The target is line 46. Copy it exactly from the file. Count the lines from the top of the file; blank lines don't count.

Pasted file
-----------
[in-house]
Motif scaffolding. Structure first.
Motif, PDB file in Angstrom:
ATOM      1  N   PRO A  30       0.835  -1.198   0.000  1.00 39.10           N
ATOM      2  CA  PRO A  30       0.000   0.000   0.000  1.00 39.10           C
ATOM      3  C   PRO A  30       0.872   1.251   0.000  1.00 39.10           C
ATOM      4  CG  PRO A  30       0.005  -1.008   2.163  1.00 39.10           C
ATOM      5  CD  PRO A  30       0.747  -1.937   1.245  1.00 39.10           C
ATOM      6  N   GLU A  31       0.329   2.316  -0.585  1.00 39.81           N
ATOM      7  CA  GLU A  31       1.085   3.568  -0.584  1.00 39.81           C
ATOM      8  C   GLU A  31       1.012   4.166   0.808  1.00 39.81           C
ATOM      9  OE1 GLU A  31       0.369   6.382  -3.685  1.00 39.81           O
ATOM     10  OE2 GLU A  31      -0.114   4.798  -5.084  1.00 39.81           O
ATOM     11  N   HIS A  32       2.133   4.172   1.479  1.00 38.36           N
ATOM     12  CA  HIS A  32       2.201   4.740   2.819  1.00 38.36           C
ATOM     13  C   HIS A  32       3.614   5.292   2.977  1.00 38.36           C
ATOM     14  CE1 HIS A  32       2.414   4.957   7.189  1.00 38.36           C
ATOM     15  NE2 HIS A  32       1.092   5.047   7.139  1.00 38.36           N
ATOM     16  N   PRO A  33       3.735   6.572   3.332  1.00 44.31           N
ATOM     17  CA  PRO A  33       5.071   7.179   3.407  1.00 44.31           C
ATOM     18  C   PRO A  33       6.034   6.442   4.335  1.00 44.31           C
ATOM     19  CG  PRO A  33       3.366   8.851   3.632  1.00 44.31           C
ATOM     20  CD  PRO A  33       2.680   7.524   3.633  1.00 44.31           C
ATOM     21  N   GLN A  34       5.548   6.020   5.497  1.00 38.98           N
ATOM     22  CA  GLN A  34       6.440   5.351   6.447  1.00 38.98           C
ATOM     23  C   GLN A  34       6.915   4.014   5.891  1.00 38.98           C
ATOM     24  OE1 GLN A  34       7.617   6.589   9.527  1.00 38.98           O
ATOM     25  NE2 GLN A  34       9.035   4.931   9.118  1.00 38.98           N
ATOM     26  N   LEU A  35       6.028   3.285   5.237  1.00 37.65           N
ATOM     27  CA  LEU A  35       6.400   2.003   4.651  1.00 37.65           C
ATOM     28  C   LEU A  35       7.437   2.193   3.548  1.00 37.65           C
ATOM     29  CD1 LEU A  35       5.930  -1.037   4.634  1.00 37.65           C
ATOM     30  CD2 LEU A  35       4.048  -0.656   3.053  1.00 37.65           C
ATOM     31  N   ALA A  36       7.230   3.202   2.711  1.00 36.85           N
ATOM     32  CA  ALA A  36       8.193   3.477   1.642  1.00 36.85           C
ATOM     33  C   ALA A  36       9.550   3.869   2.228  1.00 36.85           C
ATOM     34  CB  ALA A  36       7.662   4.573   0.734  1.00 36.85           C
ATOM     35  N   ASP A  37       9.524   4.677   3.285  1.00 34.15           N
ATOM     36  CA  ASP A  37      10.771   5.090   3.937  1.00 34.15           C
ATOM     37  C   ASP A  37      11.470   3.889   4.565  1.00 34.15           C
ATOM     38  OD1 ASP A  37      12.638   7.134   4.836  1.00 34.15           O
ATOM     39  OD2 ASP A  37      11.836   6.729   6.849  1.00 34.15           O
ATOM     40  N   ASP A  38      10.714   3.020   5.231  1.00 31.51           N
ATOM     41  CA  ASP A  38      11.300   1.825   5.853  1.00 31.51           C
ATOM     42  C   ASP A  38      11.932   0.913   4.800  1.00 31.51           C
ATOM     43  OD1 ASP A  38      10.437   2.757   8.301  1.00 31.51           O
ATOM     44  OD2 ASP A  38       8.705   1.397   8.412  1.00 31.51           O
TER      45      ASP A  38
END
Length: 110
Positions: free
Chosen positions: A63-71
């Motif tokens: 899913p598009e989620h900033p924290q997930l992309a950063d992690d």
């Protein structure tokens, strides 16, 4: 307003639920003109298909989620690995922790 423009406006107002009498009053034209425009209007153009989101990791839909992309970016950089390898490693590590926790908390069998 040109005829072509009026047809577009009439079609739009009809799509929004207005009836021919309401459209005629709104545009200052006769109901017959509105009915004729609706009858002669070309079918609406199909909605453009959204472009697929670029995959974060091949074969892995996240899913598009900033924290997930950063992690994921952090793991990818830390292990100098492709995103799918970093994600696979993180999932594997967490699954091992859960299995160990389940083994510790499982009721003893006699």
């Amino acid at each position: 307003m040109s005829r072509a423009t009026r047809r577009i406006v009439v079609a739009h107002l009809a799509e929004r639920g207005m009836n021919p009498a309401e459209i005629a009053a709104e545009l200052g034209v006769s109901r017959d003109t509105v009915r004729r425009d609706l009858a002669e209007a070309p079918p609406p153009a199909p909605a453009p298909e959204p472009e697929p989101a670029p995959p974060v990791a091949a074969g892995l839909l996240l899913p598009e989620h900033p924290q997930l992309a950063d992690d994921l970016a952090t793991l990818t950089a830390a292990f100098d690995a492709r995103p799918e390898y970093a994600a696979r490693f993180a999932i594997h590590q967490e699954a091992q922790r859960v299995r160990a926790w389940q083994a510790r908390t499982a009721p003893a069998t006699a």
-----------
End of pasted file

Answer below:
ATOM     43  OD1 ASP A  38      10.437   2.757   8.301  1.00 31.51           O